Transportation updates—Central Austin, November 2014


1. Cherrywood neighborhood streets



Full reconstruction is planned for a group of Cherrywood residential streets. Improvements range from additional landscaping to new pedestrian facilities, streetscape improvements and stormwater drainage improvements. Traffic impacts are likely once construction begins, according to Austin's Public Works Department, but no specifics are yet available. Roadways affected include: East 30th Street from Robinson Street to French Place; East 32nd Street from Cherrywood Road to Walnut Avenue; East 34th Street from Lafayette Avenue to Larry Lane; Breeze Terrace from East 32nd Street to Edgewood Avenue; Concordia Avenue from Lafayette Avenue to Kern Ramble Street; Hemlock Avenue from the dead end to East 34th Street; Kern Ramble from French Place to Concordia Street; Lafayette Avenue from East 30th Street to Concordia Street; Larry Lane from Manor Road to Clarkson Avenue; and Walnut Avenue from Manor Road to Hemlock Avenue.



Timeline: Summer 2015–Late 2017



Cost: $2.68 million



Funding sources: 2006 and 2012 transportation/mobility bond money



2. Downtown Congress Avenue



Preliminary design and engineering improvements are being made to help improve pedestrian, bicycle, automobile and public transit mobility. The work is also being done to help maintain Congress Avenue as a central element in the public realm of downtown Austin, according to the city's Public Works Department.



Timeline: Currently–December 2015 (design phase only)



Cost: $1.28 million (design phase only)



Funding sources: 2012 transportation and mobility bond money



3. Arroyo Seco cycle track



A pair of two-way cycle tracks—or protected bike lanes—will be installed on either side of the road's median from West Koenig Lane to Woodrow Avenue. The Public Works Neighborhood Partnering Program relies on matching contributions from the neighborhood and is managed by the city.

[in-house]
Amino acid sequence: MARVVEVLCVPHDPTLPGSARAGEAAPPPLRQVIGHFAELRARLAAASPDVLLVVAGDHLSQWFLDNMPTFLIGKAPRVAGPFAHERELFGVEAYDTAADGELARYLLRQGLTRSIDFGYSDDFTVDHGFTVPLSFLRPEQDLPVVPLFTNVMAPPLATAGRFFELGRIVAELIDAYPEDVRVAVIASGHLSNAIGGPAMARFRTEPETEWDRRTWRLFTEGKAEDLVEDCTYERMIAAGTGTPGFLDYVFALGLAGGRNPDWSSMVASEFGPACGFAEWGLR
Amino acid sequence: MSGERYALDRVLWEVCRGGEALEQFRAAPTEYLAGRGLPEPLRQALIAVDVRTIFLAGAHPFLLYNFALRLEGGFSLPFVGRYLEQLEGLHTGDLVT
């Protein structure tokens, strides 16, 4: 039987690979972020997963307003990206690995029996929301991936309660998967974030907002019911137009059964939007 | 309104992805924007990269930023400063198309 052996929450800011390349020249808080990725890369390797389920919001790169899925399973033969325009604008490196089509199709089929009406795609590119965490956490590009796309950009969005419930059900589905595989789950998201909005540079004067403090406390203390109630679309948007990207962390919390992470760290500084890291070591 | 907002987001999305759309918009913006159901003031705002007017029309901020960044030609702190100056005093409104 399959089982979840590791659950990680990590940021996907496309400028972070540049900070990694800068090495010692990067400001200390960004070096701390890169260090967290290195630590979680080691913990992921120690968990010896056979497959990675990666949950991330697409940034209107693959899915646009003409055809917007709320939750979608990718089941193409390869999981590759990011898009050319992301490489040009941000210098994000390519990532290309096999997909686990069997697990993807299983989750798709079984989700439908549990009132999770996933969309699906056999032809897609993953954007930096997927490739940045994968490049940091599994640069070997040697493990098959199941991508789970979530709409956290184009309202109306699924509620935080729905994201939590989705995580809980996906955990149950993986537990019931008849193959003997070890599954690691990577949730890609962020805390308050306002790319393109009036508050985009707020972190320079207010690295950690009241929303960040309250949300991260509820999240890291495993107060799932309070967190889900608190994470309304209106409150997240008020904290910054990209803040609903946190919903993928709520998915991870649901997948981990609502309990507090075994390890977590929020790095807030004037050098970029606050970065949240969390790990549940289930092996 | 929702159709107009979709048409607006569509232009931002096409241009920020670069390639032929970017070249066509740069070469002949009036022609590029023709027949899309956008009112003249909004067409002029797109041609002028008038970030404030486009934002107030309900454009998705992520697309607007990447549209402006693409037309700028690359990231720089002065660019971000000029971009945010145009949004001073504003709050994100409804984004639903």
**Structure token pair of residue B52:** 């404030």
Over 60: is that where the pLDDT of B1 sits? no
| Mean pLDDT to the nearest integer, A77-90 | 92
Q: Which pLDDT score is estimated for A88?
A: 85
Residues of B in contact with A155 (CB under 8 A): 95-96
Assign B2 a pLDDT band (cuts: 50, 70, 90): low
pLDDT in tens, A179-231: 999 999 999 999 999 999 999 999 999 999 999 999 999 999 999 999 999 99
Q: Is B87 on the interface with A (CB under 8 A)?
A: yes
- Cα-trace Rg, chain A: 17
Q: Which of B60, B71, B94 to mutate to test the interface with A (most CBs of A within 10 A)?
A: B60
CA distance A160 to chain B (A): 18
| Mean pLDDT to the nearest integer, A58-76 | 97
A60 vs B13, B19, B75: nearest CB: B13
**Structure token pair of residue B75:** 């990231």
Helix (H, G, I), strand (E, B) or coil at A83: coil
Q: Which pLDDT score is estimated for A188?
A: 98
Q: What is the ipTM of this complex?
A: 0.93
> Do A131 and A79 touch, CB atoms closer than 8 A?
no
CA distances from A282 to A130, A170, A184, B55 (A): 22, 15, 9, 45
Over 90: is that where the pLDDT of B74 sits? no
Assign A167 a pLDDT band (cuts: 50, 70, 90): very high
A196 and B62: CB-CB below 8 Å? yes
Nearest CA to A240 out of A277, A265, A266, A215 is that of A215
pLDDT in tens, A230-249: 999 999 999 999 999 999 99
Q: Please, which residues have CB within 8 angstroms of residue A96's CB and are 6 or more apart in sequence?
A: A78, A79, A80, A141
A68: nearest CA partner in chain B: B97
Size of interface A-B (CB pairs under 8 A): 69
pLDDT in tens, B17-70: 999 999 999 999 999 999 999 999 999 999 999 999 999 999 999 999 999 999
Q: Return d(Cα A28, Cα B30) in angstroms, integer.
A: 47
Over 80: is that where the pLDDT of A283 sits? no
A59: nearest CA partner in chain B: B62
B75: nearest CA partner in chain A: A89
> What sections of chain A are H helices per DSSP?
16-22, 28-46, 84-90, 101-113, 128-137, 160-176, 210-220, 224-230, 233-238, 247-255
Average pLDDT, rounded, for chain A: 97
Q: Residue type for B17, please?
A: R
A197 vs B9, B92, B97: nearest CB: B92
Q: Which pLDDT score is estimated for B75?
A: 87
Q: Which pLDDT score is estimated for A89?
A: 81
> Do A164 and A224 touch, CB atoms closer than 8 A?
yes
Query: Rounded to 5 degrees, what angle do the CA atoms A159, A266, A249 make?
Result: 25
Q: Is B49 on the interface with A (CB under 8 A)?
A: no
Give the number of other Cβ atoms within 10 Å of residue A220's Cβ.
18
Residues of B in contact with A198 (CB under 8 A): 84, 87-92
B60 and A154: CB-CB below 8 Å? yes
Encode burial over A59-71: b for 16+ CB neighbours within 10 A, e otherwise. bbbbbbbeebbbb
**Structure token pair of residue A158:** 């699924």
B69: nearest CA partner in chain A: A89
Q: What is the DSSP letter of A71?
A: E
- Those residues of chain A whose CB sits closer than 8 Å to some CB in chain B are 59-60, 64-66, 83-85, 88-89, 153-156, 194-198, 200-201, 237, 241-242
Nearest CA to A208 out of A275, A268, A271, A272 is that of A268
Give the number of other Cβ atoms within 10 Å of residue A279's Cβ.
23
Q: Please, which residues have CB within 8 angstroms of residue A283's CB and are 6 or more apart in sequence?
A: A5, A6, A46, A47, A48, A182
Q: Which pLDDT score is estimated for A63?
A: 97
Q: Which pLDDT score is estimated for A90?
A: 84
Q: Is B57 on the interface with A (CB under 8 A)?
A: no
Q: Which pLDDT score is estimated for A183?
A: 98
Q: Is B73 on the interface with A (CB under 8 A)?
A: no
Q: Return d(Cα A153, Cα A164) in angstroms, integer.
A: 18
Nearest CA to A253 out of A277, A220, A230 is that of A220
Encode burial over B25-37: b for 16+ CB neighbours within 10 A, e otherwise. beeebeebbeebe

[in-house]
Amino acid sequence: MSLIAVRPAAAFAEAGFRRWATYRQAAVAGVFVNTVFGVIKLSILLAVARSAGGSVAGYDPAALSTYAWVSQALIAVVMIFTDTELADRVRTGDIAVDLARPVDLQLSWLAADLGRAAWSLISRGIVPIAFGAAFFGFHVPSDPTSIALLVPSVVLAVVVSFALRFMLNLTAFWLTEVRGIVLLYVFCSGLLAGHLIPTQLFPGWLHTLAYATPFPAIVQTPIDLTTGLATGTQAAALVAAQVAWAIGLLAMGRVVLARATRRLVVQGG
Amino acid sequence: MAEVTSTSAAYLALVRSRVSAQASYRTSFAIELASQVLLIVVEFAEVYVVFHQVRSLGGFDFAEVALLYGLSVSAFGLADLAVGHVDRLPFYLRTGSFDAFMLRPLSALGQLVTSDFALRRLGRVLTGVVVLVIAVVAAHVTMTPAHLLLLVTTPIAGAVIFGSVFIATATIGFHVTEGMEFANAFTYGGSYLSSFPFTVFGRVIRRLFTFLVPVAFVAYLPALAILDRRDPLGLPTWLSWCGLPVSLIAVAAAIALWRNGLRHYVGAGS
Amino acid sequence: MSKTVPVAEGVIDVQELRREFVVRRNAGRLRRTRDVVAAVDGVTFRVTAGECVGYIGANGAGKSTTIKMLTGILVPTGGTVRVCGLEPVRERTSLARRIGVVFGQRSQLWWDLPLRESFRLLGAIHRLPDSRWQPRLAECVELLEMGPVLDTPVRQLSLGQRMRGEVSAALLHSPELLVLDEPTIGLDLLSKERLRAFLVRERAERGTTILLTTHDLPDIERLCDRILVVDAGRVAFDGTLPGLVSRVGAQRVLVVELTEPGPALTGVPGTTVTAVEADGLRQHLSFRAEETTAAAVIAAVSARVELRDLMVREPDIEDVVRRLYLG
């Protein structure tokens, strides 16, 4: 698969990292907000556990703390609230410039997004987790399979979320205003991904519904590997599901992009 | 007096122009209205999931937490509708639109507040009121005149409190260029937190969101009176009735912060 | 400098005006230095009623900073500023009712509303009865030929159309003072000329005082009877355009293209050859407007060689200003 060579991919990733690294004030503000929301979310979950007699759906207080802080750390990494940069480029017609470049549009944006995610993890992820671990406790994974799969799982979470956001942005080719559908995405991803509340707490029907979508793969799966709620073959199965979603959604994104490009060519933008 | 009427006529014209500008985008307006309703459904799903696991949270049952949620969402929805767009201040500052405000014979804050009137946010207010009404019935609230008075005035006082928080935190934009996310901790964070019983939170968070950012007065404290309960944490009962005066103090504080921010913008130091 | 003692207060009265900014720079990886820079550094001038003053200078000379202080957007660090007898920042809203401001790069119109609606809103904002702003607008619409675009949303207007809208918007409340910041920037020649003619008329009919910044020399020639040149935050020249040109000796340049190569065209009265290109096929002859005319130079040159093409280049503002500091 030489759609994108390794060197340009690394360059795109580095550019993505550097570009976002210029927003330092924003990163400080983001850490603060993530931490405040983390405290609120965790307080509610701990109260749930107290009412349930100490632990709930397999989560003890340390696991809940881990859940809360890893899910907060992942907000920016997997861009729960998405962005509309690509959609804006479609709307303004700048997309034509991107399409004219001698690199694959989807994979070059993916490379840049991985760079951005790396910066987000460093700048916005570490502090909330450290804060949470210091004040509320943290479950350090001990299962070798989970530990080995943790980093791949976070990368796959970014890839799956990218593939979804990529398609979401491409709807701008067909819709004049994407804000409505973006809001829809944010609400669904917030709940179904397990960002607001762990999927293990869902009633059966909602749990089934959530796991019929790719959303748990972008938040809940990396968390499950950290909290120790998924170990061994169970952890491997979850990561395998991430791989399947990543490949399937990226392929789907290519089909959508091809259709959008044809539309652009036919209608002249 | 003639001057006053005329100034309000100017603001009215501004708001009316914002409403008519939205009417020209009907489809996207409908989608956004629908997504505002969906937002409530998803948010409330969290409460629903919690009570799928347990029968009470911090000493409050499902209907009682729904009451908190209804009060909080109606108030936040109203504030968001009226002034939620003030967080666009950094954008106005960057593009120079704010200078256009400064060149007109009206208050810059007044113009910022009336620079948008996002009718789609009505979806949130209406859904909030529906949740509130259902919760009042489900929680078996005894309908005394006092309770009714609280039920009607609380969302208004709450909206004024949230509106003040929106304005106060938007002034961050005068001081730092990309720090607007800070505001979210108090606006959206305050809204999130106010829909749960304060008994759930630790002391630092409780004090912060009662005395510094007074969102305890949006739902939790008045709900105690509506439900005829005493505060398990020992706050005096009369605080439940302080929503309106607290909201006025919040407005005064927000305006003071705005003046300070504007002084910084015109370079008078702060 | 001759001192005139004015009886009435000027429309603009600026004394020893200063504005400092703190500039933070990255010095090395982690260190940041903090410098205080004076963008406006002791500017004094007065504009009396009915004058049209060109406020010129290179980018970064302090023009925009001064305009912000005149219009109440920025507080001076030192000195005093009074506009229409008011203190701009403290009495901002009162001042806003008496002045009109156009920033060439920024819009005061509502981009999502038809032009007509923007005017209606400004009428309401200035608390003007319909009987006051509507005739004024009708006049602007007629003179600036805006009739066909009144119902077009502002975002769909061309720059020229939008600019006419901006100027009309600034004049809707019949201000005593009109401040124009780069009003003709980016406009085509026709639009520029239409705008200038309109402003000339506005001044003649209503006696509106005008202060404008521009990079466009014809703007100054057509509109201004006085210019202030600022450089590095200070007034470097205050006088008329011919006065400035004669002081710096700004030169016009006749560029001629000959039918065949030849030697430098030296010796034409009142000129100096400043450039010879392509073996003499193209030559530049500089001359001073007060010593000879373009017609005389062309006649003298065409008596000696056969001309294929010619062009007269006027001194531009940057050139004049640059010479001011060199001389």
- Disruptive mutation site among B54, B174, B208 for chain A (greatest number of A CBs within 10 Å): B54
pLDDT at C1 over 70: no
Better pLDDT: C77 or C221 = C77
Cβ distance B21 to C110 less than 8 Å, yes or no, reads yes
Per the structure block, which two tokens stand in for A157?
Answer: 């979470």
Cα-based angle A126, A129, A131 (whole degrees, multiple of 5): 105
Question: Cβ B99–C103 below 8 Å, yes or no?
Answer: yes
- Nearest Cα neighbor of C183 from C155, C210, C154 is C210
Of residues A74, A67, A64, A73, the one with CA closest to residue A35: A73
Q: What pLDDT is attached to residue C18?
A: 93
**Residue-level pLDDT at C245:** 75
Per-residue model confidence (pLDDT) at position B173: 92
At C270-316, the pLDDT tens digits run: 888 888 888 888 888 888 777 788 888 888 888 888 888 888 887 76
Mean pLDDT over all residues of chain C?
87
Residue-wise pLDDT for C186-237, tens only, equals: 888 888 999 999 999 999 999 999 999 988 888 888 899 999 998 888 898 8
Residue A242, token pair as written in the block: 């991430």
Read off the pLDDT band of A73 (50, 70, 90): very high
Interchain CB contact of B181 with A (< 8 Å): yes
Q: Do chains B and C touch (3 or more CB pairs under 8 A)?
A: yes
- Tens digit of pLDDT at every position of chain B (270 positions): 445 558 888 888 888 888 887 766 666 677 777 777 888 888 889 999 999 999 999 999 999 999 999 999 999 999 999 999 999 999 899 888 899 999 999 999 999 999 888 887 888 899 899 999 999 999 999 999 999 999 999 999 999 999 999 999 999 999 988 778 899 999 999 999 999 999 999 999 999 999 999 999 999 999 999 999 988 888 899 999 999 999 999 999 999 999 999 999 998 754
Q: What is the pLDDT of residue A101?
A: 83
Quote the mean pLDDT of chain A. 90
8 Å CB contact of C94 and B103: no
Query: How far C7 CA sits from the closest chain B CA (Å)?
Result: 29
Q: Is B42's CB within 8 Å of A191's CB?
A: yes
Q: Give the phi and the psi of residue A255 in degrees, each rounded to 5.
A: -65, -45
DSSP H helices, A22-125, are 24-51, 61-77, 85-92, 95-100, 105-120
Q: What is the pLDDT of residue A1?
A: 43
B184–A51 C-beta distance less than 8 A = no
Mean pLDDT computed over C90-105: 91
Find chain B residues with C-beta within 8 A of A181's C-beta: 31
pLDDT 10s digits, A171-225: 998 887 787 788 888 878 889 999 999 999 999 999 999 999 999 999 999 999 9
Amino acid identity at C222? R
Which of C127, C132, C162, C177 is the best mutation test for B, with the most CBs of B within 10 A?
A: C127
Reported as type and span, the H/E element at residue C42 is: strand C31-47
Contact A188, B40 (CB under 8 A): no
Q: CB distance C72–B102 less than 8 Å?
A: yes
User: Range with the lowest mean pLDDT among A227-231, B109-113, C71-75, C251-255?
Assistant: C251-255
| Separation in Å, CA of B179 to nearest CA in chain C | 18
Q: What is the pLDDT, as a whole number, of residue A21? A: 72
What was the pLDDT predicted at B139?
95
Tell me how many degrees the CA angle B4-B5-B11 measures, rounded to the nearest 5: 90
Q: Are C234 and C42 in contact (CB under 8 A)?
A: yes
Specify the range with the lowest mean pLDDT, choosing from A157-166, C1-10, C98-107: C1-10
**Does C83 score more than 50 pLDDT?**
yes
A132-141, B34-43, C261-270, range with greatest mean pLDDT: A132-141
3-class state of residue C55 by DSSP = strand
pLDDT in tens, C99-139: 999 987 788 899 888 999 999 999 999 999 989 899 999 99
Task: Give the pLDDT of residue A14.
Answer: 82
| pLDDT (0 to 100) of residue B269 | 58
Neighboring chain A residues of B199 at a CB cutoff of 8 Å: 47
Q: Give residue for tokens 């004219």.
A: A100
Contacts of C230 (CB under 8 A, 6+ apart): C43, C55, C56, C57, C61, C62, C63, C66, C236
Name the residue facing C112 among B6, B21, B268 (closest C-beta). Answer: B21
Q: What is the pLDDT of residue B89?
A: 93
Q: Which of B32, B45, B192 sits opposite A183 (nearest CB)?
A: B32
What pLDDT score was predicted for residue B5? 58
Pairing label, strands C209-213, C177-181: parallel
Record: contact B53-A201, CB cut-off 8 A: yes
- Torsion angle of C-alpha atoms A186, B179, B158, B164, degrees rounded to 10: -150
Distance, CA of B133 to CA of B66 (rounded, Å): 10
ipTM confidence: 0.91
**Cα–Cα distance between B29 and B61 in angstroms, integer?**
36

Timeline: Construction starts Spring 2015



Cost: $71,219 (city), $42,732 (neighborhood contribution)



Funding sources: 2012 bond money, private contributions



4. Red Bud Trail bridge over Lady Bird Lake



A bridge over Barton Springs Road bridge and Lady Bird Lake will be designed and engineered to replace the existing infrastructure. The city is currently accepting requests for qualifications for preliminary design and engineering work.



Timeline: Construction schedule not yet set



Cost: $3.69 million



Funding sources: 2012 transportation and mobility bond money



5. Third Street reconstruction Phase 3



The project completes construction of West Third Street from Congress Avenue to Guadalupe Street. The full-depth reconstruction includes new drainage systems, a water line, widened sidewalks, street trees and room for the Lance Armstrong Bikeway, which will be separated from vehicle traffic with concrete barriers.



Timeline: Complete by July 2015



Cost: $3.85 million



Funding sources: City of Austin



6. Rio Grande Street



Full-depth reconstruction and utility adjustments will take place from 24th to 29th streets. Work includes storm drainage improvements as well as a new water line, sidewalks, curbs, gutters, ramps, bicycle racks, benches, trees, trash bins and a two-way cycle track.



Timeline: May 2015–December 2016



Cost: $6.6 million



Funding sources: 2006 transportation bond money, 2012 transportation and mobility bond money

By Joe Lanane
Joe Lanane’s career is rooted in community journalism, having worked for a variety of Midwest-area publications before landing south of the Mason-Dixon line in 2011 as the Stillwater News-Press news editor. He arrived at Community Impact Newspaper in 2012, gaining experience as editor of the company’s second-oldest publication in Leander/Cedar Park. He eventually became Central Austin editor, covering City Hall and the urban core of the city. Lanane leveraged that experience to become Austin managing editor in 2016. He managed eight Central Texas editions from Georgetown to San Marcos. Working from company headquarters, Lanane also became heavily involved in enacting corporate-wide editorial improvements. In 2017, Lanane was promoted to executive editor, overseeing editorial operations throughout the company. The Illinois native received his bachelor’s degree from Western Illinois University and his journalism master’s degree from Ball State University.